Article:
if([cell respondsToSelector:@selector(hideCustomView)])
    {
        [cell performSelector:@selector(hideCustomView)];
    }
}

Now, inside cellForRowAtIndexPath, of UITableViewDelegate, you can create custom UIView and attach it to the dequeued cell.

-(UITableViewCell*)tableView:(UITableView *)tableView cellForRowAtIndexPath:(NSIndexPath *)indexPath
{
    CustomCellTableViewCell* cell = (CustomCellTableViewCell*)[tableView dequeueReusableCellWithIdentifier:@"CustomCellTableViewCell" forIndexPath:indexPath];

    NSArray* nibViews = [[NSBundle mainBundle] loadNibNamed:@"CellCustomView"
                                                      owner:nil
                                                    options:nil];

    CellCustomView* customView = (CellCustomView*)[ nibViews objectAtIndex: 0];

    cell.customView = customView;

    return cell;
}

Of course, this way of loading of custom UIView is just for this example. Manage it as you want.

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I was looking to add the same functionality to my app, and after going through so many different tutorials (raywenderlich being the best DIY solution), I found out that Apple has its own UITableViewRowActionclass, which is very handy.

You have to change the Tableview's boilerpoint method to this:

override func tableView(tableView: UITableView, editActionsForRowAtIndexPath indexPath: NSIndexPath) -> [AnyObject]?  {
    // 1   
    var shareAction = UITableViewRowAction(style: UITableViewRowActionStyle.Default, title: "Share" , handler: { (action:UITableViewRowAction!, indexPath:NSIndexPath!) -> Void in
    // 2
    let shareMenu = UIAlertController(title: nil, message: "Share using", preferredStyle: .ActionSheet)

    let twitterAction = UIAlertAction(title: "Twitter", style: UIAlertActionStyle.Default, handler: nil)
    let cancelAction = UIAlertAction(title: "Cancel", style: UIAlertActionStyle.Cancel, handler: nil)

    shareMenu.addAction(twitterAction)
    shareMenu.addAction(cancelAction)


    self.presentViewController(shareMenu, animated: true, completion: nil)
    })
    // 3
    var rateAction = UITableViewRowAction(style: UITableViewRowActionStyle.Default, title: "Rate" , handler: { (action:UITableViewRowAction!, indexPath:NSIndexPath!) -> Void in
    // 4
    let rateMenu = UIAlertController(title: nil, message: "Rate this App", preferredStyle: .ActionSheet)

    let appRateAction = UIAlertAction(title: "Rate", style: UIAlertActionStyle.Default, handler: nil)
    let cancelAction = UIAlertAction(title: "Cancel", style: UIAlertActionStyle.Cancel, handler: nil)

    rateMenu.addAction(appRateAction)
    rateMenu.addAction(cancelAction)


    self.presentViewController(rateMenu, animated: true, completion: nil)
    })
    // 5
    return [shareAction,rateAction]
  }

You can find out more about this on This Site. Apple's own documentation is really useful for changing the background colour:

The background color of the action button.

Declaration OBJECTIVE-C @property(nonatomic, copy) UIColor *backgroundColor Discussion Use this property to specify the background color for your button. If you do not specify a value for this property, UIKit assigns a default color based on the value in the style property.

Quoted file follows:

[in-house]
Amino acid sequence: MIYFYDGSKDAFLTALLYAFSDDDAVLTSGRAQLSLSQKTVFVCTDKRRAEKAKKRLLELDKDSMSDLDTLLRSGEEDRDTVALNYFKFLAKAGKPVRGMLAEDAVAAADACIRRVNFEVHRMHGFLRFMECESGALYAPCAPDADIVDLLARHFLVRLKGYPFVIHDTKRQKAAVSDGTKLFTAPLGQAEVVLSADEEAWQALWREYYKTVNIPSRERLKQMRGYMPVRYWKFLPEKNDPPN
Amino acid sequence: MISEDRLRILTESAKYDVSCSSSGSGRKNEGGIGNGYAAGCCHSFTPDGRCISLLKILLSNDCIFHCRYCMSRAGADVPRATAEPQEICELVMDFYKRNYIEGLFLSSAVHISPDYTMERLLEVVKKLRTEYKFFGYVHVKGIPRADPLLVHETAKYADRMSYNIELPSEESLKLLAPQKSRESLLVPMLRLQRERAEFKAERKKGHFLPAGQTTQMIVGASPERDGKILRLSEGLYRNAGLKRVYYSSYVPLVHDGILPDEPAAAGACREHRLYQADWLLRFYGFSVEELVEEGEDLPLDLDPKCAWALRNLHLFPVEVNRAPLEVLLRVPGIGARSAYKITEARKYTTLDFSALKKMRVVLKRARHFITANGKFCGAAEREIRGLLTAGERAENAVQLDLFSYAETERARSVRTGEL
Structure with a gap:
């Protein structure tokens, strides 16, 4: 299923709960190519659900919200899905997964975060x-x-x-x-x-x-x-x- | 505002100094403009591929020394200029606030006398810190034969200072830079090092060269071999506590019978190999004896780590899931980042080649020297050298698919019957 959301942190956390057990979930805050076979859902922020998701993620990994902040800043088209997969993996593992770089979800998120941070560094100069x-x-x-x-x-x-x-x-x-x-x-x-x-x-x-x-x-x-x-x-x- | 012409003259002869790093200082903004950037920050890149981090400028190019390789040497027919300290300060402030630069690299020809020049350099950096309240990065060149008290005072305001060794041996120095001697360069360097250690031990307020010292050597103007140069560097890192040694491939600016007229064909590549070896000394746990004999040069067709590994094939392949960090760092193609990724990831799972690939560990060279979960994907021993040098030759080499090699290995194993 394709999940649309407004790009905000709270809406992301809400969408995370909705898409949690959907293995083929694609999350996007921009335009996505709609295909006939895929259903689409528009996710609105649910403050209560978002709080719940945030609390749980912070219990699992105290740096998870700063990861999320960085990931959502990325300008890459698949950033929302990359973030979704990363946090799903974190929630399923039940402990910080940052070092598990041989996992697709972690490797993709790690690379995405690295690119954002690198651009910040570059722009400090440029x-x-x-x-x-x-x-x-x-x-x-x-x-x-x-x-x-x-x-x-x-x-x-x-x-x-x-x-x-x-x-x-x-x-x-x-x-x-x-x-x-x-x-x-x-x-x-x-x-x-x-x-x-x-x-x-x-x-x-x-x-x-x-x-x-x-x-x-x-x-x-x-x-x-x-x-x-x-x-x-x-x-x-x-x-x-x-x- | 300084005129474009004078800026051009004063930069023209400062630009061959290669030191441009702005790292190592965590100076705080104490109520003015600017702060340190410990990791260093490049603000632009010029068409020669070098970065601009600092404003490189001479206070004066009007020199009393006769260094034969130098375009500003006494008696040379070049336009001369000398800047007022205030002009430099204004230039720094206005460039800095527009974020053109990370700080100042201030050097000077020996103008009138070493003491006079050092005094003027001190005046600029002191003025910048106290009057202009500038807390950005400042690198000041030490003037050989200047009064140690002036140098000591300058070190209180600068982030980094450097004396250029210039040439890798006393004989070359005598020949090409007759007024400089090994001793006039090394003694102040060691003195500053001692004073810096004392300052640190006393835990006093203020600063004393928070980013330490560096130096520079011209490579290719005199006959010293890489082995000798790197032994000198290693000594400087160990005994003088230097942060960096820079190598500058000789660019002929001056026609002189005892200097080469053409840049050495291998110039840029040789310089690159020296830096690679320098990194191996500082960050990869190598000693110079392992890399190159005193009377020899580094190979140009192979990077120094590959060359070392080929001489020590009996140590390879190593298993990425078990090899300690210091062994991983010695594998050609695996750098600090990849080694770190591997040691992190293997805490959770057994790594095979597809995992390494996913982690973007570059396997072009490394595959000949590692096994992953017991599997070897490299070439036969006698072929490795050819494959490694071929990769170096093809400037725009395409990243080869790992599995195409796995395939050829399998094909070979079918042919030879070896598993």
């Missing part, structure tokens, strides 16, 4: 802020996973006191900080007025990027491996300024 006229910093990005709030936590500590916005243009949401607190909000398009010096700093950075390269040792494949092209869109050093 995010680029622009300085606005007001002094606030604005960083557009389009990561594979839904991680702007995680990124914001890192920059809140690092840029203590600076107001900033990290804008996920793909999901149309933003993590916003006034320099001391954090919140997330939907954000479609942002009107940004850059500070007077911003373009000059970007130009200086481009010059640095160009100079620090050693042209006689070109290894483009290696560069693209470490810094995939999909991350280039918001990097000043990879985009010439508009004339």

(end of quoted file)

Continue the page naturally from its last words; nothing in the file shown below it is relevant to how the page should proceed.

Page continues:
Availability Available in iOS 8.0 and later.

If you want to change the font of the button, it's a bit more tricky. I've seen another post on SO. For the sake of providing the code as well as the link, here's the code they used there. You'd have to change the appearance of the button. You'd have to make a specific reference to tableviewcell, otherwise you'd change the button's appearance throughout your app (I didn't want that, but you might, I don't know :) )

Objective C:

+ (void)setupDeleteRowActionStyleForUserCell {

    UIFont *font = [UIFont fontWithName:@"AvenirNext-Regular" size:19];

    NSDictionary *attributes = @{NSFontAttributeName: font,
                      NSForegroundColorAttributeName: [UIColor whiteColor]};

    NSAttributedString *attributedTitle = [[NSAttributedString alloc] initWithString: @"DELETE"
                                                                          attributes: attributes];

    /*
     * We include UIView in the containment hierarchy because there is another button in UserCell that is a direct descendant of UserCell that we don't want this to affect.
     */
    [[UIButton appearanceWhenContainedIn:[UIView class], [UserCell class], nil] setAttributedTitle: attributedTitle
                                                                                          forState: UIControlStateNormal];
}

Swift:

    //create your attributes however you want to
    let attributes = [NSFontAttributeName: UIFont.systemFontOfSize(UIFont.systemFontSize())] as Dictionary!            

   //Add more view controller types in the []
    UIButton.appearanceWhenContainedInInstancesOfClasses([ViewController.self])

This is the easiest, and most stream-lined version IMHO. Hope it helps.

share|improve this answer
1  
Thanks for your answer, I'm sure it will help for many developers. Yes, you are right, actually Apple provides this solution from iOS 8. But unfortunately this native solution doesn't provide the full functionality. For example, in Apple's Mail app you have buttons from two sides (One button from the left side, and three from the right side) with the current API from Apple you cannot add buttons to both sides, and also the current API does not support the default action when the user swipe long to each side. The best solution for now IMHO is the open source MGSwipeTableCell. – Guy Kahlon Jan 2 at 11:52
    
@GuyKahlon yes, you're absolutely right in regards to the left and right swipe issue, and I agree that for more customisation, the MGSwipeTableCell is the best. Apple's own is not the most sophisticated option, but I found it most straight forward for simple tasks. – Septronic Jan 2 at 14:33